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Practical experiences on using MPEG-DASH and ISOBMFF

This blog post contains practical experiences on using MPEG-DASH streaming protocol and the ISO base media file format (ISOBMFF) with HbbTV terminals.

The following text was contributed by @Murmur 

BTRT box in init.mp4 files:

  • some older HbbTV players may crash if BTRT(bitrate) box is before SINF box.
  • solution is to drop BTRT box or write after SINF box.
  • correct ordering is MOOV/TRAK/MDIA/MINF/STBL/STSD/ENCV/SINF, /BTRT
  • dash and hls players don’t need BTRT so it’s safe to drop from the init segment.
    SENC box in segment.m4s files:
  • some older HbbTV players may crash if SENC(sample encryption) box is before TRUN
    (fragment run) box.
  • solution is to write after TRUN box
  • correct ordering is MOOF/TRAF/TFHD, /TFDT, /TRUN, /SAIZ, /SAIO, /SENC
    SIDX box in segment.m4s files:
  • write one SIDX box at the start of segment file with 1..n references to MOOF/MDAT
    fragments.
  • use single fragment (MOOF/MDAT pair) for best compatibility.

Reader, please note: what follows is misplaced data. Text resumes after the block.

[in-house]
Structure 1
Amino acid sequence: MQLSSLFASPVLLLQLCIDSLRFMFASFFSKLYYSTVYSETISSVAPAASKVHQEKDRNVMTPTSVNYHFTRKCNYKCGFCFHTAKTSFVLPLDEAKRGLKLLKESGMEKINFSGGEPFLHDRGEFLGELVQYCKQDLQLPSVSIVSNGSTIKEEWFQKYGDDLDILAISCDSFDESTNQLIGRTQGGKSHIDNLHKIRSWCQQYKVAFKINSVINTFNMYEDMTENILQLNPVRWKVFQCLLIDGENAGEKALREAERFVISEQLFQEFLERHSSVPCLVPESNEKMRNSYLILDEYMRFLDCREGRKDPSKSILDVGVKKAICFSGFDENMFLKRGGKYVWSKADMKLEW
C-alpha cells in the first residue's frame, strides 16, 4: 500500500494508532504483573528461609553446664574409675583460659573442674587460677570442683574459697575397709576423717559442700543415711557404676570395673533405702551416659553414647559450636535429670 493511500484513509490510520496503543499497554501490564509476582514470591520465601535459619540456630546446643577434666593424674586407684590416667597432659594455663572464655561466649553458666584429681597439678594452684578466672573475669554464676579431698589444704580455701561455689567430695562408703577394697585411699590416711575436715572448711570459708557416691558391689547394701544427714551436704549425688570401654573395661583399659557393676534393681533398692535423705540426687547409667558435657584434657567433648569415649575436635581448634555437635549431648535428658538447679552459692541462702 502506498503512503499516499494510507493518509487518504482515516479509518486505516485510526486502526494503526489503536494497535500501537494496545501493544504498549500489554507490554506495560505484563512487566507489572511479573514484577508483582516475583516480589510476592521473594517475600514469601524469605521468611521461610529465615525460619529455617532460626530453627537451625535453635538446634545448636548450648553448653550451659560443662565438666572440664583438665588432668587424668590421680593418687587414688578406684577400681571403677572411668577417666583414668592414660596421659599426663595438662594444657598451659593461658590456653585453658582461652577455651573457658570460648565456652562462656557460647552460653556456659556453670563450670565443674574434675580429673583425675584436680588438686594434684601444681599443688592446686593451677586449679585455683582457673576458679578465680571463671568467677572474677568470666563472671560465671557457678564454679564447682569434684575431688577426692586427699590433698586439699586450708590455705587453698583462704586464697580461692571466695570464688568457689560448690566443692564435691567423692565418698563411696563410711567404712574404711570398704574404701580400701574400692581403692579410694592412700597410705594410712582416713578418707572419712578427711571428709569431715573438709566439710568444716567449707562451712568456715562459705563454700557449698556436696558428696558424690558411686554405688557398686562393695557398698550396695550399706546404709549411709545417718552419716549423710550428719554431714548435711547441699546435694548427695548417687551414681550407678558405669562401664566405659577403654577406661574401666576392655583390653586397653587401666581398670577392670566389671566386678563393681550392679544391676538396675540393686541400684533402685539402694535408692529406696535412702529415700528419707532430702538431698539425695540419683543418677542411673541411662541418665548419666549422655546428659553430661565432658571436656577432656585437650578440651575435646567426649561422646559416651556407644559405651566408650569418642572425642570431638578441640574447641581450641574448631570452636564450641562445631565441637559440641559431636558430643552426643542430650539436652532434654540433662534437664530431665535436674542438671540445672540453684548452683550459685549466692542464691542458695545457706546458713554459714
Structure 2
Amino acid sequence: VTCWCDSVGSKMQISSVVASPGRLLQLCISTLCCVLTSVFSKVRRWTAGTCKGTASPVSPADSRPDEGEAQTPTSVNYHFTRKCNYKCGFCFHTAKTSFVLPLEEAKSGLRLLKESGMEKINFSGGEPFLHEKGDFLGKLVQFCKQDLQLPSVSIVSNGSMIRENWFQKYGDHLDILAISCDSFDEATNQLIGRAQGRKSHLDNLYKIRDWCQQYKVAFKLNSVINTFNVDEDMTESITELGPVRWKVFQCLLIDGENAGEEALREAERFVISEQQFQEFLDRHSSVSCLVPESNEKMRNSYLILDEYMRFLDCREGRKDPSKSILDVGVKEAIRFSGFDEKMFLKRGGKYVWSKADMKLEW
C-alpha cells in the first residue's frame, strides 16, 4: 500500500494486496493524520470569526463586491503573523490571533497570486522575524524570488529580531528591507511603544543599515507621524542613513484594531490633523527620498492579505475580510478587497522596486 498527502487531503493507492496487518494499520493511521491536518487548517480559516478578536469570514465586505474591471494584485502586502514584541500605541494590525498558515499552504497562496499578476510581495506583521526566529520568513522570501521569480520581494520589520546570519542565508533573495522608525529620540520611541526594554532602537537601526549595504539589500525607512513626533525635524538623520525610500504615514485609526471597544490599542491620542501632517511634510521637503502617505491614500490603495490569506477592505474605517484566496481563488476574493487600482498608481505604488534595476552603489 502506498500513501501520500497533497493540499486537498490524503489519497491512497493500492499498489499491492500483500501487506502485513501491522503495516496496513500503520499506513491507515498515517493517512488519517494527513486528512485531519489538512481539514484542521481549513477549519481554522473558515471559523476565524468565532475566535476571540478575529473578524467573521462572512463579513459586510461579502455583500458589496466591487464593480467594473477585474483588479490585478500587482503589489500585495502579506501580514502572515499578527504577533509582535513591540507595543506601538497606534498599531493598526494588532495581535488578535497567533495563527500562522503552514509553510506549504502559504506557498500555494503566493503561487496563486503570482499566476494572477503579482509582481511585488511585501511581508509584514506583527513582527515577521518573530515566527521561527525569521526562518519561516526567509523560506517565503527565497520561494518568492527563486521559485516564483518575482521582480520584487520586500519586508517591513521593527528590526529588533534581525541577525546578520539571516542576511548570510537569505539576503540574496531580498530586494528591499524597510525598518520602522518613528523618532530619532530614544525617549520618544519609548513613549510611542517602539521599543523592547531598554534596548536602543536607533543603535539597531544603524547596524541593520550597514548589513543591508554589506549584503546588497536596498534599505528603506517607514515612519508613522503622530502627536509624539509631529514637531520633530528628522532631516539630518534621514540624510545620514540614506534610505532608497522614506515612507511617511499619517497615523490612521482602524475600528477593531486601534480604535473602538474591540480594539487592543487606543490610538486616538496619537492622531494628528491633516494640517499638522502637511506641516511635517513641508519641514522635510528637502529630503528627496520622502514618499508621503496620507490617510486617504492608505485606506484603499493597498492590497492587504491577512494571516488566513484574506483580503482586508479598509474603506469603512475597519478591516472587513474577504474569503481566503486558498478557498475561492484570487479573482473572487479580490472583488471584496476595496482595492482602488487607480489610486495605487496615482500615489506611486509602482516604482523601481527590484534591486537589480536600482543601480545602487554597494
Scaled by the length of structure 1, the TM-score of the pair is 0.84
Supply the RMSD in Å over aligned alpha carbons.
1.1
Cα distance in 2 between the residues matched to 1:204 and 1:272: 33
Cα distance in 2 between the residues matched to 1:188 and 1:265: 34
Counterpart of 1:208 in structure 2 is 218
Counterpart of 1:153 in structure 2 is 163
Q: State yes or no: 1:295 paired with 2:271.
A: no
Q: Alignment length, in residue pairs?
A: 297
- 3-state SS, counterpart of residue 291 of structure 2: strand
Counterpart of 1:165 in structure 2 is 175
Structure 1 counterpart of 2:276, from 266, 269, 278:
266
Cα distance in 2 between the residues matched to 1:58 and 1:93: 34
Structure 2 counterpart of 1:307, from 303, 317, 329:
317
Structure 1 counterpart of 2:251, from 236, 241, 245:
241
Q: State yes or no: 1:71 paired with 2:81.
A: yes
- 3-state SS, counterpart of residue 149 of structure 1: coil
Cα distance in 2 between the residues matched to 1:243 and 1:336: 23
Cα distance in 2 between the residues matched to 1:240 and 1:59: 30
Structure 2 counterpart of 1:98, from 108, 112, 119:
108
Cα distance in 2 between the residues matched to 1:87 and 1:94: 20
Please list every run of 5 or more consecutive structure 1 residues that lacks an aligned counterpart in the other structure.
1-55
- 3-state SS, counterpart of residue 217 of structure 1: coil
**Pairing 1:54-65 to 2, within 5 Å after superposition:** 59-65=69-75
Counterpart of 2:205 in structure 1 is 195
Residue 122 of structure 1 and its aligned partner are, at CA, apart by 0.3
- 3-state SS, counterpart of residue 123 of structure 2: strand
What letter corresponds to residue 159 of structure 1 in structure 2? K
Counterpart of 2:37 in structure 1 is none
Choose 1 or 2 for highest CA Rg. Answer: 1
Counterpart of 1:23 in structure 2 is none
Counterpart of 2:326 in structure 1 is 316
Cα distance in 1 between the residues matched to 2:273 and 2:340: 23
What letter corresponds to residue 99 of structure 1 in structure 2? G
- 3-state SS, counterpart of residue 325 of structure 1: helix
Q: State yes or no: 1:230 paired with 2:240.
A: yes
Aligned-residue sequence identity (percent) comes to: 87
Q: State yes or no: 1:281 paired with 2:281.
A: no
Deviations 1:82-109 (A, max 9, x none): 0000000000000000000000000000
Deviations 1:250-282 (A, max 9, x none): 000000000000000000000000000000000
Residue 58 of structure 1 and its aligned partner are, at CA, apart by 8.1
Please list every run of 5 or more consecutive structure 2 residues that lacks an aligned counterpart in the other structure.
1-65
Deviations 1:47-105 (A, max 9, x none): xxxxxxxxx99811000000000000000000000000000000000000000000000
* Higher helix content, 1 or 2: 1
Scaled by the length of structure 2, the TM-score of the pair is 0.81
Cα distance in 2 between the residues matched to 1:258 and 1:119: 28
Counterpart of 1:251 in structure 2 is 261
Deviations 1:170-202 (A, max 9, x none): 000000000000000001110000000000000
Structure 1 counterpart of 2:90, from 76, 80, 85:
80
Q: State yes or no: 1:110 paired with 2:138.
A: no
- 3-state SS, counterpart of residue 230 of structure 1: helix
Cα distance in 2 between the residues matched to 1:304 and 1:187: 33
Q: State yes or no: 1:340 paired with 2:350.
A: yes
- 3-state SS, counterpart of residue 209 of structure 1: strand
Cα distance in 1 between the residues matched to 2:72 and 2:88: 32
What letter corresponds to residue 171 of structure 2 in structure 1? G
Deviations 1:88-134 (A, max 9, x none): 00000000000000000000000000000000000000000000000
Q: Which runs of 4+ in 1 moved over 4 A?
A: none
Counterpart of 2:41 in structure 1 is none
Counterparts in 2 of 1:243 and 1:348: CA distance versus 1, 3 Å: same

Segment durations:
    Dash specification allows a small +/- variation in m4s segment file durations. It is relatively easy to split video stream by using an even integer FPS-GOP(Group of Picture) values.
    Audio segments may not 100% match to video segments unless video segmenting is fine tuned to follow the audio codec packet sizes. It is best not to use AAC 44100Hz but always transcode 48000Hz sample rate.
    The following table describes the easy to understand even-integer and less known non-integer durations to have a fully aligned video and audio segment durations. It may not always be possible to use non-integer value in some of the encoder and packager tools.
    H264, H265 Video and AAC Audio (48000Hz, 1024 packet size)
  • use 8 seconds segment duration to fully match both segments
  • align video IDR key frames to 2-8 seconds interval
  • every other even-integer values produce a small +/- variation in audio durations when
    comparing the same $Number.m4s files (video/1..n.m4s = audio/1..n.m4s).
    H264, H265 Video (25fps, 50fps) and AAC Audio (48000Hz, 1024 packet size)
  • use 3.84 seconds segment duration to fully match both segments
  • align video IDR key frames to 3.84 seconds interval
    H264, H265 Video (30fps, 60fps) and AAC Audio (48000Hz, 1024 packet size)
  • use 3.20 seconds segment duration to fully match both segments
  • align video IDR key frames to 3.20 seconds interval

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